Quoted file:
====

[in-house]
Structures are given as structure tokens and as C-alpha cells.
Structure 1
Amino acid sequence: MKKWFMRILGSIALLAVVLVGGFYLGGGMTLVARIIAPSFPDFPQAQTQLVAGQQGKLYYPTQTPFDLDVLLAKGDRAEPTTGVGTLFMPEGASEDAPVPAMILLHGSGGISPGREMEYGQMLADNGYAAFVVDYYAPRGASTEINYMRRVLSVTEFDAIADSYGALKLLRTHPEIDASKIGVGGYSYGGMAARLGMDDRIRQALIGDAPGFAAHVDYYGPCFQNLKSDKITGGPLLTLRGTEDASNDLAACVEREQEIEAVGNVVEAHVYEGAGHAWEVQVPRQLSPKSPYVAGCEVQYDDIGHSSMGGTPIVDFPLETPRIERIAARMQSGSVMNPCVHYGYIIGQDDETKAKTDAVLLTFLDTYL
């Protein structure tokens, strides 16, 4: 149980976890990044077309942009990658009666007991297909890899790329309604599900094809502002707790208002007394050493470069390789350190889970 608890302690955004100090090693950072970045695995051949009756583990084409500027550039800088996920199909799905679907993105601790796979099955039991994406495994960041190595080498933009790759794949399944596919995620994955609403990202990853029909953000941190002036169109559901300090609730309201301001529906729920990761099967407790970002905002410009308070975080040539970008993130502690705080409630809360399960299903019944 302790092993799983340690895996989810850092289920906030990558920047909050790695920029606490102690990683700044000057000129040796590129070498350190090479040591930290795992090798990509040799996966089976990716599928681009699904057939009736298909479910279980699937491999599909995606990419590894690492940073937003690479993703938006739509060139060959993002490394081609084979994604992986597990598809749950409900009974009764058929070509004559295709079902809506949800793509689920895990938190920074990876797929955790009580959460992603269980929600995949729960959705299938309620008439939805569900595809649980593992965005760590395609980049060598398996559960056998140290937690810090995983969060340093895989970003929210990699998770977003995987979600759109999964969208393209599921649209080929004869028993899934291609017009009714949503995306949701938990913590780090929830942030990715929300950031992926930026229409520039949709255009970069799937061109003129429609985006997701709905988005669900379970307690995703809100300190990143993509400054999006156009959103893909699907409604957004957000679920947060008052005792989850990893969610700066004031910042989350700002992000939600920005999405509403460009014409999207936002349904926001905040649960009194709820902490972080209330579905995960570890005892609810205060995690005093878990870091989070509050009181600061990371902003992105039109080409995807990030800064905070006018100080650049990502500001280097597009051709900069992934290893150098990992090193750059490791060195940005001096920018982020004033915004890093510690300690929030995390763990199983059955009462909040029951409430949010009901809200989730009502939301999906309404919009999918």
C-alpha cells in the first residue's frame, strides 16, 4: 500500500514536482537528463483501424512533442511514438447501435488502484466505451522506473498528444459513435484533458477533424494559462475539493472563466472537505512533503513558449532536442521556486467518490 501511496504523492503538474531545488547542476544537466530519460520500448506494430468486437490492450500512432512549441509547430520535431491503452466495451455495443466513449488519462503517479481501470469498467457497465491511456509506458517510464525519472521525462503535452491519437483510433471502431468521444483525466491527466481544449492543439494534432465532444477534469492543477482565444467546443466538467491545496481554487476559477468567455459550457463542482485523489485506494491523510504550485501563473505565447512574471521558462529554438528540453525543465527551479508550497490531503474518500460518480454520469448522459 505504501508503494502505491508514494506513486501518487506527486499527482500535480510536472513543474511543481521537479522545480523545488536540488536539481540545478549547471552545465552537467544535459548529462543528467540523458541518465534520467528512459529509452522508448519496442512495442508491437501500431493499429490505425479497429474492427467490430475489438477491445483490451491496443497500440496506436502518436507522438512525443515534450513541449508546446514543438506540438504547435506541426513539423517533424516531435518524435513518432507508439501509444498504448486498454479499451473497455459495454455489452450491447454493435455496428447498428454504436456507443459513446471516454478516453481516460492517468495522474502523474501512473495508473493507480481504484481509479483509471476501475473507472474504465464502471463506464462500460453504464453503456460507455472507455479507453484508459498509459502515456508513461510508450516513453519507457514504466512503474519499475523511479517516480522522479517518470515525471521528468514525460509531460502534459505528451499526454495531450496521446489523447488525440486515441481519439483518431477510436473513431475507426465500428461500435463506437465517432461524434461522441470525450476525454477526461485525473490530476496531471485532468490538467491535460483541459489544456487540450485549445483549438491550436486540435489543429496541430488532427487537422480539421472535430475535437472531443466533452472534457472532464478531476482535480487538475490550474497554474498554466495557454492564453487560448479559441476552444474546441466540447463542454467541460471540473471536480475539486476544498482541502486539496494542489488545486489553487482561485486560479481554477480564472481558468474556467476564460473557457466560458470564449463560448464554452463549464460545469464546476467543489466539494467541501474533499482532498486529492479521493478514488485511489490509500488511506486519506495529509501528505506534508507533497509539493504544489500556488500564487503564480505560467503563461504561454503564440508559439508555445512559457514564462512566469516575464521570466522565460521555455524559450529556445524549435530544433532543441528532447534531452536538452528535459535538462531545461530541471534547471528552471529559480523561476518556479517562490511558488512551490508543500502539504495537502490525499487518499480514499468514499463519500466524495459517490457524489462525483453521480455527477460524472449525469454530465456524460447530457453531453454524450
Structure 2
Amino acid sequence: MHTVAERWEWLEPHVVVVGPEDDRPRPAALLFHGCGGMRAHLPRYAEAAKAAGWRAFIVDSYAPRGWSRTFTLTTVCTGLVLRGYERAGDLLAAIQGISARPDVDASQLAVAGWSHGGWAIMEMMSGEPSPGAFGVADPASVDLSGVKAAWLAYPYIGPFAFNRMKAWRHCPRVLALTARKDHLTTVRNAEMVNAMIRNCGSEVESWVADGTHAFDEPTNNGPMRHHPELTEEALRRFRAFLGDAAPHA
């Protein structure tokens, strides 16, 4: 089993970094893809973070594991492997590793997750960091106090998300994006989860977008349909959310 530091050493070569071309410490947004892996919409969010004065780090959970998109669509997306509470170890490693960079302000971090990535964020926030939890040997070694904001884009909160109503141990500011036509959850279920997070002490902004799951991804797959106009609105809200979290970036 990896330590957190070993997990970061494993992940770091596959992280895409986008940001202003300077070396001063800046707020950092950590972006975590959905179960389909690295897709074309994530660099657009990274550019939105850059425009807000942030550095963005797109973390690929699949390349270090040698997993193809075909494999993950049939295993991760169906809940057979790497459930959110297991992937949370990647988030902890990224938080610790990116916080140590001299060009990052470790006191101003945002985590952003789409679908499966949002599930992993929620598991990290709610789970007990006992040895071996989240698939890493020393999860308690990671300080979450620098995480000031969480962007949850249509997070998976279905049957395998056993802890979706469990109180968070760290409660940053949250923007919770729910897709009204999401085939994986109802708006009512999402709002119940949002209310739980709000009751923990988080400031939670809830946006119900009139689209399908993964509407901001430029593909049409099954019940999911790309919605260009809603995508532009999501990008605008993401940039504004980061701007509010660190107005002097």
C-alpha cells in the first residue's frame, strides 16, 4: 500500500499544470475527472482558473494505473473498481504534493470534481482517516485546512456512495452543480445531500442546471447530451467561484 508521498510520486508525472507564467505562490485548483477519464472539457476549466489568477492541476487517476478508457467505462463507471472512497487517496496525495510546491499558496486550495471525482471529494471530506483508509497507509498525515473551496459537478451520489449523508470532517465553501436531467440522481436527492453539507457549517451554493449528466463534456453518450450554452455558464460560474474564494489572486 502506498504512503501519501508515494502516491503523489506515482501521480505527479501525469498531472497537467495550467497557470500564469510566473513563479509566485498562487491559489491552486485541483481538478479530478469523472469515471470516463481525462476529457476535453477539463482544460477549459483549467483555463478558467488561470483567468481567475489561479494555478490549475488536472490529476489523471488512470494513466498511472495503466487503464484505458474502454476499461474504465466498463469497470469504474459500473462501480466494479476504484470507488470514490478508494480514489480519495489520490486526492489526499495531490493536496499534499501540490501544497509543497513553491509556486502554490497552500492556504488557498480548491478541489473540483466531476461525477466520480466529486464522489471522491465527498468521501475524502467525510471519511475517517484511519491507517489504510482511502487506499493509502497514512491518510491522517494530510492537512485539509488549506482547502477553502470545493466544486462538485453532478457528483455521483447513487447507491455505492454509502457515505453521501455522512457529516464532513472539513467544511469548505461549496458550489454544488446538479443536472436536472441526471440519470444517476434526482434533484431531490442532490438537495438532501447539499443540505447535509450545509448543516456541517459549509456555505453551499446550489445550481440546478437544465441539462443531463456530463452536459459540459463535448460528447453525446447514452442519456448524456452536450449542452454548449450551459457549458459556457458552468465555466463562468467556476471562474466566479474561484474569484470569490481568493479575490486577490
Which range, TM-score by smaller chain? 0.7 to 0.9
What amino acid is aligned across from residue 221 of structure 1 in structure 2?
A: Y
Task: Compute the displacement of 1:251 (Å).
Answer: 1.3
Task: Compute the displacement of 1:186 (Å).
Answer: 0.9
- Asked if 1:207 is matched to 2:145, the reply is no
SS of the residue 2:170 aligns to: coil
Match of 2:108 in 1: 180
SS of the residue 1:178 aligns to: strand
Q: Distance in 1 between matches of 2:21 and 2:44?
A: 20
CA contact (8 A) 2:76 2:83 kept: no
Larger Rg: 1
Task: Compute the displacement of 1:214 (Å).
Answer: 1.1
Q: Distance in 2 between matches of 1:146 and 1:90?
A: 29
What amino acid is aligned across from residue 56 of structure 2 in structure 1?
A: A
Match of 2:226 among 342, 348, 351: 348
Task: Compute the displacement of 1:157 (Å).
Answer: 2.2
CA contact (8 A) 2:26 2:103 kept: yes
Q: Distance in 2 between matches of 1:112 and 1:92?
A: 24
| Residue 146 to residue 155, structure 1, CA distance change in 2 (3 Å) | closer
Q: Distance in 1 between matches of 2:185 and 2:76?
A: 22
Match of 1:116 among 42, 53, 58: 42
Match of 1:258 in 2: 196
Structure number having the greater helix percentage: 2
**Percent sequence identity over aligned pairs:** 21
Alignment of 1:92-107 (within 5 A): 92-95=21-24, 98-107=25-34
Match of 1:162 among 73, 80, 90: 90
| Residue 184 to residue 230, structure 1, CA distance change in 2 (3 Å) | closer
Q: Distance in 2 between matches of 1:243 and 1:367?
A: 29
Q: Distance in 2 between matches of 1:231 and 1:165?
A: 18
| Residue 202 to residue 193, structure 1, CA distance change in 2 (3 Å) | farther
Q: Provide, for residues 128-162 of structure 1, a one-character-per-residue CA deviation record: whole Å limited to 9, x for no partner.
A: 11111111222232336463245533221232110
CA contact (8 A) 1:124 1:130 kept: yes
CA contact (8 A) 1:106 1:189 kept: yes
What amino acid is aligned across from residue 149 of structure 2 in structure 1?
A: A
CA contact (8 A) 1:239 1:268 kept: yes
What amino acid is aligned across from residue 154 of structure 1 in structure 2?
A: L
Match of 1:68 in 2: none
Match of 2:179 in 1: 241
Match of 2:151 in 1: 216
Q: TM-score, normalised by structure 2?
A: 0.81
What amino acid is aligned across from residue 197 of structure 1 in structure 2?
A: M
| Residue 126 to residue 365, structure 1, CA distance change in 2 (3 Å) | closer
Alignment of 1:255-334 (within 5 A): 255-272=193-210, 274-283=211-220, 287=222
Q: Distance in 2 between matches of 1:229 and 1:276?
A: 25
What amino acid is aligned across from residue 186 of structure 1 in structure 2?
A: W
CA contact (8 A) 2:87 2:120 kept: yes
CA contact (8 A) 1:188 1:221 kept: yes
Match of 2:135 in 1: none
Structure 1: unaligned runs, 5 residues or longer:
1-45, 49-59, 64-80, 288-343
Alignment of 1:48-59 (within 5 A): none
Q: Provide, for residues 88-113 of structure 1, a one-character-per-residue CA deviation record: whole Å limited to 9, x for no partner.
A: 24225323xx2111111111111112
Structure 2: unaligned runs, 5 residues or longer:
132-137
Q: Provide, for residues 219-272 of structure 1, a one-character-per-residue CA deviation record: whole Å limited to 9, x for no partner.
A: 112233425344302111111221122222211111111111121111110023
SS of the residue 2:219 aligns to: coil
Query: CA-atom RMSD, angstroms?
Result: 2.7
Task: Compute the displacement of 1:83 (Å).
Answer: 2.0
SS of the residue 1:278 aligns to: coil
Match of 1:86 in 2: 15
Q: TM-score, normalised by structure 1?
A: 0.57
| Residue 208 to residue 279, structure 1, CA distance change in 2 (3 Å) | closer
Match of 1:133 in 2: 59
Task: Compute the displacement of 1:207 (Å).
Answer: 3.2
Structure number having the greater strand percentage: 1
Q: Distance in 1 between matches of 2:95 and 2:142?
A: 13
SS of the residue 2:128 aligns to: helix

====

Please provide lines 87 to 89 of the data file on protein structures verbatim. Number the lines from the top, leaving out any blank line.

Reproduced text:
SS of the residue 2:219 aligns to: coil
Query: CA-atom RMSD, angstroms?
Result: 2.7